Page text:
walkinginfo.org -> part of the pedestrian and bicycle information center
sitemap about us links join email list ask us a question
  search     go to bicyclinginfo.org
community problems and solutions design and engineering digital library education and enforcement health and fitness insight transit research and development rails and trails policy and planning pedestrian crashes news and events outreach and promotion
design and engineeringroadway design

the walking environment


roadway design

intersection treatments

traffic calming

traffic management

signals and signs

other measures

designing for pedestrians with
disabilities

its technologies

implementation

resources







Reducing number of lanes

Many roads have more travel lanes than necessary. Reducing the number of lanes on a multi-lane roadway can reduce crossing distances for pedestrians and slow vehicle speeds. A traffic analysis should be done to determine if the number of lanes of roadways - many of which were built without such an analysis - is appropriate. Level of service analysis for intersections should not dictate the design for the entire length of a roadway. For example, a four lane undivided road can be converted to one through lane in each direction with a center left turn lane or with a raised median and turn pockets and bicycle lanes on both sides of the roadway. Turning pockets may be needed only in specific locations.

Depending on conditions, it may also be possible to add on-street parking while allowing for bicycle lanes on both sides of the street - instead of a center turn lane. If no sidewalks exist on the roadway, these should be added. If sidewalks exist, and there is adequate room, a landscaped buffer is desirable to separate pedestrians from the travel lane.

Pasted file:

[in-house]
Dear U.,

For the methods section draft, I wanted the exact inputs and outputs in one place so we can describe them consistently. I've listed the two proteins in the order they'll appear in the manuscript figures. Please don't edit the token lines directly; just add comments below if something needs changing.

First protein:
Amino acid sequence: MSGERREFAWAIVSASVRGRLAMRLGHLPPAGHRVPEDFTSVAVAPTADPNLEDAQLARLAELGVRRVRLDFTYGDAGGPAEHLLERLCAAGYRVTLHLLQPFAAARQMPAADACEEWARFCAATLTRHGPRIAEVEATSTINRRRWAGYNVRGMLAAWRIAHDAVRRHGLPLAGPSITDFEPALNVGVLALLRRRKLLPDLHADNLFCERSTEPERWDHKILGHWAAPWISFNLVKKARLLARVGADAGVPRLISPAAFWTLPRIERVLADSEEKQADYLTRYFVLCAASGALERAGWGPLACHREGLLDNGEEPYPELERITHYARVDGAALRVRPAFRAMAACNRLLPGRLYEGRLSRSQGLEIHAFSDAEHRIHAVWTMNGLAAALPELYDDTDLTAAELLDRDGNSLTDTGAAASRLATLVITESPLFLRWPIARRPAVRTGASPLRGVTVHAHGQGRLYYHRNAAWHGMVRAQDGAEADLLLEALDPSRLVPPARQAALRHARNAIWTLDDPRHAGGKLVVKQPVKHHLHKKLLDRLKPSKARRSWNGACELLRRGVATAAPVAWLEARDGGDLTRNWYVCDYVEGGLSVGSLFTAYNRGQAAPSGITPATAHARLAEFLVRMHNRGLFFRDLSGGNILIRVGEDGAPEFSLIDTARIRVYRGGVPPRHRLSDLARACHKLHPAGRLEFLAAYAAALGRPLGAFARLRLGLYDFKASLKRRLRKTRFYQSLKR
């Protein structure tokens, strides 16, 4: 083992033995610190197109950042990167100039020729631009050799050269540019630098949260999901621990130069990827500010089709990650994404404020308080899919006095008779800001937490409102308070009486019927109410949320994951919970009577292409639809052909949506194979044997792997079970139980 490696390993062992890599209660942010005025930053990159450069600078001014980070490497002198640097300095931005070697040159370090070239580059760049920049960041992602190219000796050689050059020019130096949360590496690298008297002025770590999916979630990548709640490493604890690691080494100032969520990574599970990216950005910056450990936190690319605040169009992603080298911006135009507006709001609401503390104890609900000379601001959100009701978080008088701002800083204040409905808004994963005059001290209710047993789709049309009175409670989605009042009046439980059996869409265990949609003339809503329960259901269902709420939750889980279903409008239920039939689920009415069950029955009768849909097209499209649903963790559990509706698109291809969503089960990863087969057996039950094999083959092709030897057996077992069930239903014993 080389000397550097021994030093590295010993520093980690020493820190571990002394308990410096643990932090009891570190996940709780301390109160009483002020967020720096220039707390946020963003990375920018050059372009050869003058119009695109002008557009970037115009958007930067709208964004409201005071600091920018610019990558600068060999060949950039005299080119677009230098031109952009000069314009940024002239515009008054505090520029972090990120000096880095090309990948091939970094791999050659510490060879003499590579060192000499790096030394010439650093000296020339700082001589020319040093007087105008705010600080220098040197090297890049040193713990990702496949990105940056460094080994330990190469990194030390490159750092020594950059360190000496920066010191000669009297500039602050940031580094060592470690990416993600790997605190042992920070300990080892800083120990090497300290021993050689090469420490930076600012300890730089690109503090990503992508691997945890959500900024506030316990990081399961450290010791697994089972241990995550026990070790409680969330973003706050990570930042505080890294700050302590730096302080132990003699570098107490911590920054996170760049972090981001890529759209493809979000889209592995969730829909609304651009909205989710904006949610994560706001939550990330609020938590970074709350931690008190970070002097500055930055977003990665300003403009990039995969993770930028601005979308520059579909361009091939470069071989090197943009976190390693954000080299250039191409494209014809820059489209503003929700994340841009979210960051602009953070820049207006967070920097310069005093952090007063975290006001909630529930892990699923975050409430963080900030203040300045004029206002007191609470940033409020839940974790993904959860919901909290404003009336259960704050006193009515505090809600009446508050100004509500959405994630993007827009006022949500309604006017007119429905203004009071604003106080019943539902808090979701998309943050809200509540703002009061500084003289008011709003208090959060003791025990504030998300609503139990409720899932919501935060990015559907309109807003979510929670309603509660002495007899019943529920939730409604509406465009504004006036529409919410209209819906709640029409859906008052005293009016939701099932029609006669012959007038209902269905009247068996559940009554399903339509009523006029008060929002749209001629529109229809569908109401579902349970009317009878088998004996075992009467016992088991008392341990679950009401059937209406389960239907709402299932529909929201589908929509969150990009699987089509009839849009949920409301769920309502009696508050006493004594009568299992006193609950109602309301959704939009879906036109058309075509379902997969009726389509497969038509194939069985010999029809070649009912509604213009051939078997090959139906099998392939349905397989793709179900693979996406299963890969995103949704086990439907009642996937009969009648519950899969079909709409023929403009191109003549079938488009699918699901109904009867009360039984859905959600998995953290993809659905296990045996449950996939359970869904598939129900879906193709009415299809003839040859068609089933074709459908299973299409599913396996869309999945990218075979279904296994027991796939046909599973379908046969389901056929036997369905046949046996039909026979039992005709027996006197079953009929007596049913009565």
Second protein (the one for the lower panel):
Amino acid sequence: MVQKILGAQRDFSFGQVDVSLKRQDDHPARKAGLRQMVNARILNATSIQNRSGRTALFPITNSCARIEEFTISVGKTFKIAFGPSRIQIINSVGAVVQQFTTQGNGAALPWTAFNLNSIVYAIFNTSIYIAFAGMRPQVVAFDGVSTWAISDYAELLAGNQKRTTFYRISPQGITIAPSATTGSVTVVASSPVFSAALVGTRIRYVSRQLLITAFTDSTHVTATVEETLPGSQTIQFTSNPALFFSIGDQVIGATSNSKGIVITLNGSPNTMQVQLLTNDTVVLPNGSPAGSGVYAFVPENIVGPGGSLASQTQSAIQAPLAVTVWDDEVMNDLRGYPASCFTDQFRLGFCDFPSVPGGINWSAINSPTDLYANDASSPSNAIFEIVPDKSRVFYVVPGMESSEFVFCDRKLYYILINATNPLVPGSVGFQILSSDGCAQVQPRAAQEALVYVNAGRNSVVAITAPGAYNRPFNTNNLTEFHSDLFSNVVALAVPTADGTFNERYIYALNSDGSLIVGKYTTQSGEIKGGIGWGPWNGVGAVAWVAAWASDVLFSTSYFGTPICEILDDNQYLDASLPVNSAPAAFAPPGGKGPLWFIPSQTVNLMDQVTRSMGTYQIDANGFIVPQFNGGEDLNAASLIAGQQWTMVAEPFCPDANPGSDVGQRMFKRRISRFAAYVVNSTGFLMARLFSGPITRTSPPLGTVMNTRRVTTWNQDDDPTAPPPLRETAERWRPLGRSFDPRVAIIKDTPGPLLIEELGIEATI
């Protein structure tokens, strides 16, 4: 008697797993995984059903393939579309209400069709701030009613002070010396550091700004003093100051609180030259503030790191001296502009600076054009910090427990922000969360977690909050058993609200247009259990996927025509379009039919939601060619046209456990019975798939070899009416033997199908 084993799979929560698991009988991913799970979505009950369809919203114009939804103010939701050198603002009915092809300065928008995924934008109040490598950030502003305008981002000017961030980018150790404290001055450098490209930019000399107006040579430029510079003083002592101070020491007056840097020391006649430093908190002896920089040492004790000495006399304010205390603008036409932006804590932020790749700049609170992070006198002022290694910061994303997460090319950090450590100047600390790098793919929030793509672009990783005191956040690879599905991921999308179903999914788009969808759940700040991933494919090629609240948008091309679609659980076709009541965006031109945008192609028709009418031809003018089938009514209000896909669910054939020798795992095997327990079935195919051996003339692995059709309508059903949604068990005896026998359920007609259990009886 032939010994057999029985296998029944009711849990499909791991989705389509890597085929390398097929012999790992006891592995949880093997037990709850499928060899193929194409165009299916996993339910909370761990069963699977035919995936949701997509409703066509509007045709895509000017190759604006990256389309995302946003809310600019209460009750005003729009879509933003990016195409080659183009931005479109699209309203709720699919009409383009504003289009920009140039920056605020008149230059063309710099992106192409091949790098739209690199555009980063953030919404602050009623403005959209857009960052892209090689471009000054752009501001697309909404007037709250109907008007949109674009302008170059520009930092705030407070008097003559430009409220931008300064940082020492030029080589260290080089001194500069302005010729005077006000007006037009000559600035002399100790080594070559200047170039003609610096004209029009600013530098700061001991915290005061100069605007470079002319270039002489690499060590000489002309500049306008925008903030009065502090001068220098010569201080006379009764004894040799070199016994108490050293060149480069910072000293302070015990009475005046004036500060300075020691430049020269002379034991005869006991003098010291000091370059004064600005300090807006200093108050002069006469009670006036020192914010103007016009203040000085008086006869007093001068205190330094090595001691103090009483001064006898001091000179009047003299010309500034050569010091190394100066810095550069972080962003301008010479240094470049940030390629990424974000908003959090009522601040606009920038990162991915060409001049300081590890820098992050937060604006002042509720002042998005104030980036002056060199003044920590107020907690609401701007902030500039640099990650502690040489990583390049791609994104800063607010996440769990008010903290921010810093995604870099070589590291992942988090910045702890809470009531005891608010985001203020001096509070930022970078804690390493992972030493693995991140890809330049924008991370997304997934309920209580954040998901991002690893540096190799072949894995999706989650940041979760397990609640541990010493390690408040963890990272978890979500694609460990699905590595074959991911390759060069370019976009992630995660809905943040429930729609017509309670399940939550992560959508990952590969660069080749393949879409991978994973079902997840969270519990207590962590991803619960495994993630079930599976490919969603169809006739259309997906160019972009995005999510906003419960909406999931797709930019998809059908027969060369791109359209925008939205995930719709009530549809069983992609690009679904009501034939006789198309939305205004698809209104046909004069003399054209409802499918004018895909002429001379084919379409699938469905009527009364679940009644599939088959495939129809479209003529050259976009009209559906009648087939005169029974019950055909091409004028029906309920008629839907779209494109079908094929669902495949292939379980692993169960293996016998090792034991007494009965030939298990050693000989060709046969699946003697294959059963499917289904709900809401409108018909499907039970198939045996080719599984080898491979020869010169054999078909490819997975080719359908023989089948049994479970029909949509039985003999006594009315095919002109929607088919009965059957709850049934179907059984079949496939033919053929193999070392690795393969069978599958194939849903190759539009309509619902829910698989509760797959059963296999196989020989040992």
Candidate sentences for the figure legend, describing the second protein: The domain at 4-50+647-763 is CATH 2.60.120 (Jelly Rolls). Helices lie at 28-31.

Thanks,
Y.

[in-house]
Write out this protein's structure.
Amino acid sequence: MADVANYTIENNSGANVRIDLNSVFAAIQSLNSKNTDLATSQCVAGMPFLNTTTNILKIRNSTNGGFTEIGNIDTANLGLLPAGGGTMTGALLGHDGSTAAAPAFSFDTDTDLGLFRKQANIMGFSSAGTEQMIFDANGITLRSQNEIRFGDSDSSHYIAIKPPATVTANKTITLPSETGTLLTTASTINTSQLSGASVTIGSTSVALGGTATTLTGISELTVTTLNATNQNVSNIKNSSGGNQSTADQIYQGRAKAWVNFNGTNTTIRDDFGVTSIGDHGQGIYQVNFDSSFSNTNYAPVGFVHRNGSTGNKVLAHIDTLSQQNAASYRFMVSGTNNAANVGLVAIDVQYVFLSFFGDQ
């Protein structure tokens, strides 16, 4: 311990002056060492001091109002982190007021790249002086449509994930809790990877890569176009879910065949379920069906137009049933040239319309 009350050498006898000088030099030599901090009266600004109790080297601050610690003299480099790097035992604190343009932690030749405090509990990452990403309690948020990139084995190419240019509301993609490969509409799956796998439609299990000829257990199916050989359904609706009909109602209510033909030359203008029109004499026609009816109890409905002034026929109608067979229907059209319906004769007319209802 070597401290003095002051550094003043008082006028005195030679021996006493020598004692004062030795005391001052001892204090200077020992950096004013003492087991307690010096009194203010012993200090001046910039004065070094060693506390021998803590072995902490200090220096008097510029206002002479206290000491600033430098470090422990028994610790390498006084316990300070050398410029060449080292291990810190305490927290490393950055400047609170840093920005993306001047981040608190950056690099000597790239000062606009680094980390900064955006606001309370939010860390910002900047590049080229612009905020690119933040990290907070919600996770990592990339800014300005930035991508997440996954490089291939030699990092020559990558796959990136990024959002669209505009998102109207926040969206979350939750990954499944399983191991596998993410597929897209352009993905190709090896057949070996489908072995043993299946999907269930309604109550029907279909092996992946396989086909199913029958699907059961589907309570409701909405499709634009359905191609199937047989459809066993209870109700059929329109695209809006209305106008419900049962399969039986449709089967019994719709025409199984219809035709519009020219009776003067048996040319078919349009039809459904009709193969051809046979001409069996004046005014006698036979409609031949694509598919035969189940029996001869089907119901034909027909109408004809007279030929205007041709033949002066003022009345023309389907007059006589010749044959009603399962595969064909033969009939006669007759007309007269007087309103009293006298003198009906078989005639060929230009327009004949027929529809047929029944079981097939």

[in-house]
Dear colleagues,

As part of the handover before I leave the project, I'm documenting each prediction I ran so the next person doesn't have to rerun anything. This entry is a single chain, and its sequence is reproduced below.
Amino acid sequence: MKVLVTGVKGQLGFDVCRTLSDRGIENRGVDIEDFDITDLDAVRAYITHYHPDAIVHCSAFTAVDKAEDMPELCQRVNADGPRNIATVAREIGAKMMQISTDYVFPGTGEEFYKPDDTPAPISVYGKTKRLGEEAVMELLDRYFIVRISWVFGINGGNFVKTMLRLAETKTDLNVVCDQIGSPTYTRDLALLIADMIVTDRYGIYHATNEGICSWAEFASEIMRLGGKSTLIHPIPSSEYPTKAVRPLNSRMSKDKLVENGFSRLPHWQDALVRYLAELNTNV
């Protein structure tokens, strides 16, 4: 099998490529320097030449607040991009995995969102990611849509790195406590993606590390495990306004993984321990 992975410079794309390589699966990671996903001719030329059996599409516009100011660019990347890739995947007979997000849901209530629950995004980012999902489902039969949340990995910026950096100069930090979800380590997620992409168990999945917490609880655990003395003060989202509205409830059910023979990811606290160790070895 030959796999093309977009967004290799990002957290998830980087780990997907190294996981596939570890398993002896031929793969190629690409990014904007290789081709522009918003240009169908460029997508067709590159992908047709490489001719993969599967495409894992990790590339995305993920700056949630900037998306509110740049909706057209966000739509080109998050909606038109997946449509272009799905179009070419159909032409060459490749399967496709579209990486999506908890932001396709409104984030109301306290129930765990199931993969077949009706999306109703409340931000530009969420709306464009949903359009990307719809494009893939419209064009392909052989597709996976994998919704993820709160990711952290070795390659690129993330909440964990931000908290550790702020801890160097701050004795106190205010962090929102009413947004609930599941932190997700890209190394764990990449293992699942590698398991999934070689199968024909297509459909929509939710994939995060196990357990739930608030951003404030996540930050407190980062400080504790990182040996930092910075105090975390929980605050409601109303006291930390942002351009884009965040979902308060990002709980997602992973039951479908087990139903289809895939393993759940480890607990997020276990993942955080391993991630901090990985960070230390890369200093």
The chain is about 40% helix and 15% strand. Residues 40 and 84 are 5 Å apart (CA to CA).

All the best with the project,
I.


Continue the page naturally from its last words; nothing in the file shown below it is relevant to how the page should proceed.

A typical three-lane configuration (two travel lanes and a center turn lane) has advantages for motorists also: through traffic can maintain a fairly constant speed, while left-turning drivers can enter the center turn lane to wait, out of moving traffic.





This street in Cambridge, MA was reduced from four lanes to three. The conversion introduced wider sidewalks, additional space for landscaping, street furniture and cafes, and bicycle lanes.



The material provided on this page is from the FHWA publication "Pedestrian Facilities User Guide." This guide is currently under review by practicioners and others in the field. Subsequently, the material provided on this page is subject to change in the future.


curb radius reduction

adding bicycle lanes

roadway narrowing

reducing number of lanes

one-way / two-way street conversions

driveway improvements

well-designed right turn slip lanes

raised medians



Purpose:

• Remedy a situation where there is excess capacity.

• Provide space for pedestrians, cyclists and parkers.

• Reduce crossing width and help optimize signal timing.


Considerations:

• A traffic analysis should segregate intersection capacity needs from through capacity needs to determine overall design.

• Select routes with minimal out-of-direction travel, and less need to walk along a busy street.

• Ensure street connections so major arterials can be crossed at controlled intersections.

• Cluster development in nodes that are accessible to transit.


Estimated Cost:

The cost for restriping a mile of four-lane street to one lane in each direction plus a two-way left-turn lane and bike lanes is about $5,000$20,000 per mile, depending on the amount of removing and repainting lane lines required. The estimated cost of extending sidewalks or building a raised median is much higher and can cost $100,000 per mile or more.

If a reconfiguration is done after repaving or overlay for maintenance, and no curbs are changed, there is no cost for the change.









© Copyright 2000  Pedestrian and Bicycle Information Center